Tag Archives: Alabama

Gulf Coast Fishing Boats and Harbor

This is an image of fishing boats at anchor at a wharf on the Gulf of Mexico coastline of the United States.

Mirro-Chrome by H. S. Crocker Co., Inc.

The description states:


The fishing industry occupies an important part in the economic life of the Coast. The combination of nets, bright colors and blue sky offer an endless variety of picturesque scenes.

–The location is not specified, but the message on the back of the card implies it is Mobile, Alabama.

This card was used and is dated 2 August 1971.

Methodist Children’s Home, Selma, Alabama

This image shows the large facility built as a home for orphans and displaced children by the state Methodist church organization. It is no longer in operation as a facility, having closed in 2010, but the building still stands and the Methodist Childrens mission is still active.

Color by W. M. Massey

The description states:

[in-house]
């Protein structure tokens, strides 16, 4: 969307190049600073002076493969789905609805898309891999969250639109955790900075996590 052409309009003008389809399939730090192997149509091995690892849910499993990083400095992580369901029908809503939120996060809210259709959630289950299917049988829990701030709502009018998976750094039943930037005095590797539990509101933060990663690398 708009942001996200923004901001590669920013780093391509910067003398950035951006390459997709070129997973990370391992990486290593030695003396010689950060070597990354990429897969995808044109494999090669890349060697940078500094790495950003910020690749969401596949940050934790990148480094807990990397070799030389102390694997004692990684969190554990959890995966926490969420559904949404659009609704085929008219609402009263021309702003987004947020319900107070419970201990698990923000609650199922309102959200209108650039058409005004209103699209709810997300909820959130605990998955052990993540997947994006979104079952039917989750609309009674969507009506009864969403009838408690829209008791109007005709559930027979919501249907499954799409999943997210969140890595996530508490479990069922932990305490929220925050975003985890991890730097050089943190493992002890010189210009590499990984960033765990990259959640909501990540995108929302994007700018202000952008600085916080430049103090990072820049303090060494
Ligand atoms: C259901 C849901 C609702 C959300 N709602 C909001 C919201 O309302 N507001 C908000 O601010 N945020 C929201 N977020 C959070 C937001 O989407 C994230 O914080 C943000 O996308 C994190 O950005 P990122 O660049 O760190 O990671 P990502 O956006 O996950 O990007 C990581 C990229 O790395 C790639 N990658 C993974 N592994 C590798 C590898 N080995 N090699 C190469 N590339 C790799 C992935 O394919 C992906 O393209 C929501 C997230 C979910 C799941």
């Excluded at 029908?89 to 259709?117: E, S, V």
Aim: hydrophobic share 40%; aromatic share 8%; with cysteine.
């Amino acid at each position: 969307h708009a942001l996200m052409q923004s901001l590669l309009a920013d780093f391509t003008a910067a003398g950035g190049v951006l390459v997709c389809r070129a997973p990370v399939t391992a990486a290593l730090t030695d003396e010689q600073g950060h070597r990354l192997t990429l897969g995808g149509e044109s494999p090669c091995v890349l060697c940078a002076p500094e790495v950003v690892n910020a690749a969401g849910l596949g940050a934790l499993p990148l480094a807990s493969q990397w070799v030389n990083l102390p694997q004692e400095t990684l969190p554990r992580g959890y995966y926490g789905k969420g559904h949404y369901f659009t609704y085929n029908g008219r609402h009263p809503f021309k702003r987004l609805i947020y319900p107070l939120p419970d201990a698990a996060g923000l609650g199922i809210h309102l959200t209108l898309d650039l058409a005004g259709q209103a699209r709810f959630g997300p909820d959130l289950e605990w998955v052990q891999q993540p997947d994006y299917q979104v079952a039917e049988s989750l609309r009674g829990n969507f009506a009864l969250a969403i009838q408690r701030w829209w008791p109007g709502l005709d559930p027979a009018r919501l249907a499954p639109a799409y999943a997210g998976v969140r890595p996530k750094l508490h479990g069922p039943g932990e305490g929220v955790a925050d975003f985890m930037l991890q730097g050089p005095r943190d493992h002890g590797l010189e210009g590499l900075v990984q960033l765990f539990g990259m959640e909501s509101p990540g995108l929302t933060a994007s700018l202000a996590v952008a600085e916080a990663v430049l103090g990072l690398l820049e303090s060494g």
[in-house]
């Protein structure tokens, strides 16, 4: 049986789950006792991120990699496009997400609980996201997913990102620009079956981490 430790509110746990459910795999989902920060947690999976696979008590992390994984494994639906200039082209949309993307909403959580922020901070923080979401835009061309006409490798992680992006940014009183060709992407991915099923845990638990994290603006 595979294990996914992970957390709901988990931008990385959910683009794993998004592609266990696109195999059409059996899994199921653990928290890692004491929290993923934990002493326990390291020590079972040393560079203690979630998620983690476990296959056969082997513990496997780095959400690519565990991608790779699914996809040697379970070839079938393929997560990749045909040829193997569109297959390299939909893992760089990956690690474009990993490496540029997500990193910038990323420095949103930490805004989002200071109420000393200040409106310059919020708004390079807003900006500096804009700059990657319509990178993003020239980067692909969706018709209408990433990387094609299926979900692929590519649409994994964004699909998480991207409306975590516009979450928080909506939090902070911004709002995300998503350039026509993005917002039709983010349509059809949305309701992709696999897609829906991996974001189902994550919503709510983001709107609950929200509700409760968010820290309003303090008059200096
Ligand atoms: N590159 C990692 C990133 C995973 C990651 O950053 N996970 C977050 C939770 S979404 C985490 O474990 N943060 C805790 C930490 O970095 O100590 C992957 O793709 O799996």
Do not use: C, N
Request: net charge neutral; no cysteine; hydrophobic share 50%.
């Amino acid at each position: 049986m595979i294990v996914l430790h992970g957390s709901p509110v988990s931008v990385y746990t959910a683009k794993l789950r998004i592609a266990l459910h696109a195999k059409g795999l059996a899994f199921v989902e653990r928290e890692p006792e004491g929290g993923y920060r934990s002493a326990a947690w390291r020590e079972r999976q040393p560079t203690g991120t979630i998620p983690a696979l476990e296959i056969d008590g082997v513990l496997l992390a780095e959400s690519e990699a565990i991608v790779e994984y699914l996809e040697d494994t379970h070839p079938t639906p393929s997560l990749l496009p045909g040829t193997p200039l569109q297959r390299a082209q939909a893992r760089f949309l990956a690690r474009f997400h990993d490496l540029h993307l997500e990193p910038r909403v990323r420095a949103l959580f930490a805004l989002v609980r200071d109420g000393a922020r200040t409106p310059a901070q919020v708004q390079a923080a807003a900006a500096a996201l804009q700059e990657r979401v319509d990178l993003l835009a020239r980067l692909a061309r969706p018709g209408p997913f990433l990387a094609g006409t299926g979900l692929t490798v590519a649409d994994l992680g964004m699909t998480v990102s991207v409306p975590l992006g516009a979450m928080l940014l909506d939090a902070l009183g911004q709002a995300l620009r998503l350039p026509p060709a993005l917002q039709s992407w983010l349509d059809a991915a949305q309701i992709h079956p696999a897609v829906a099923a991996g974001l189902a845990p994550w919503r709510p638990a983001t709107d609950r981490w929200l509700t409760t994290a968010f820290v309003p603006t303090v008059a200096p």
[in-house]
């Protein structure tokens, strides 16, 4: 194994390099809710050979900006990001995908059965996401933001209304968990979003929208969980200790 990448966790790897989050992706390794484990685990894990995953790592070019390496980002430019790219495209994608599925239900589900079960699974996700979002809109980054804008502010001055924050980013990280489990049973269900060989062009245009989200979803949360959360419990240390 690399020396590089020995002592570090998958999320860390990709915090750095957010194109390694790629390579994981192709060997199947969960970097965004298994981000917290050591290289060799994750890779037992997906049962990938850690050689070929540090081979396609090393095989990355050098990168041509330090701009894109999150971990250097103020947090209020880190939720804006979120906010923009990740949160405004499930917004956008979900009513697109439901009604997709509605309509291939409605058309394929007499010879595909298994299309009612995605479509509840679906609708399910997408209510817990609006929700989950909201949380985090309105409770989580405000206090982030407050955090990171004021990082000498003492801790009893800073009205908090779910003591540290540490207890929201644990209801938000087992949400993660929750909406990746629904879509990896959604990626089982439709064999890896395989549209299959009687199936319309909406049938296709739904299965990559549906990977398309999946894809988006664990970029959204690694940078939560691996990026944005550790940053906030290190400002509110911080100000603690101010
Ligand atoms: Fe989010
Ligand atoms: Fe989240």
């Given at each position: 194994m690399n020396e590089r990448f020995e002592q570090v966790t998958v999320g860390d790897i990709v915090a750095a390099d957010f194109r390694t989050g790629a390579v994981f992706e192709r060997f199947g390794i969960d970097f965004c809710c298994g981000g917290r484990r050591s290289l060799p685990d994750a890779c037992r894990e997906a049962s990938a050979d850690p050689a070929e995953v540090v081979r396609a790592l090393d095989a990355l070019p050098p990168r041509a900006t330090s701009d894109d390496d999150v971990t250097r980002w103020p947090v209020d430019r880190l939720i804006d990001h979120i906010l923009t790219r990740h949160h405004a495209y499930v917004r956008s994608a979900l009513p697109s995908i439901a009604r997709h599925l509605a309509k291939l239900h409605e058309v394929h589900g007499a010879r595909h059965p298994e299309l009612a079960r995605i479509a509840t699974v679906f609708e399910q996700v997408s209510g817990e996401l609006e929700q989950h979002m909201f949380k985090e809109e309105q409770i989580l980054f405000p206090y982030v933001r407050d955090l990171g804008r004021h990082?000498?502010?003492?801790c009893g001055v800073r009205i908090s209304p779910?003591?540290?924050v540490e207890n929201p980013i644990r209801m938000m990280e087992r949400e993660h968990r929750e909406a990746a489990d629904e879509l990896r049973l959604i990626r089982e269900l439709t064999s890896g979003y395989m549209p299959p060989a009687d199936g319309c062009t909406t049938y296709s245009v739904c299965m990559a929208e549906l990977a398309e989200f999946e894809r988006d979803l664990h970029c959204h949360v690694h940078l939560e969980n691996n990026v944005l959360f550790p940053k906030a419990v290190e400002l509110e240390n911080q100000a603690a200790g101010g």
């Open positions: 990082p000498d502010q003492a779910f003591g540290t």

Selma, Alabama

“A bright spot in many a youngster’s life.”

–The facility closed when there were only 16 children remaining in the large building, and it was decided to place these in other locations and families to allow for better centralized services. At the time of closure it was hoped the facility and grounds could be sold for preservation.

This image likely dates from the 1950s.

Sturdivant Home Museum, Selma, Alabama

This image shows the front and side entrance to the Sturdivant Home in Selma, Alabama, now known as Sturdivant Hall.

Genuine Natural Color Made by Dexter Press, Inc., West Nyack, N.Y.

The description states:


Selma, Alabama

Built in 1850 by Col. Edward m. Watts, it remains one of the most classic examples of ante-bellum mansions in existence. It was designed by a cousin of R. E. Lee and furnished with imported French furnishings. It has tall columns in the front and is supported by a cupola. (Many know this as the Gilman Home.)

–The Sturdivant name comes from a major donor to the acquisition of the property, which was for the longest time in the possession of the Gilman family before being acquired as a museum.

This card likely dates from the 1950s.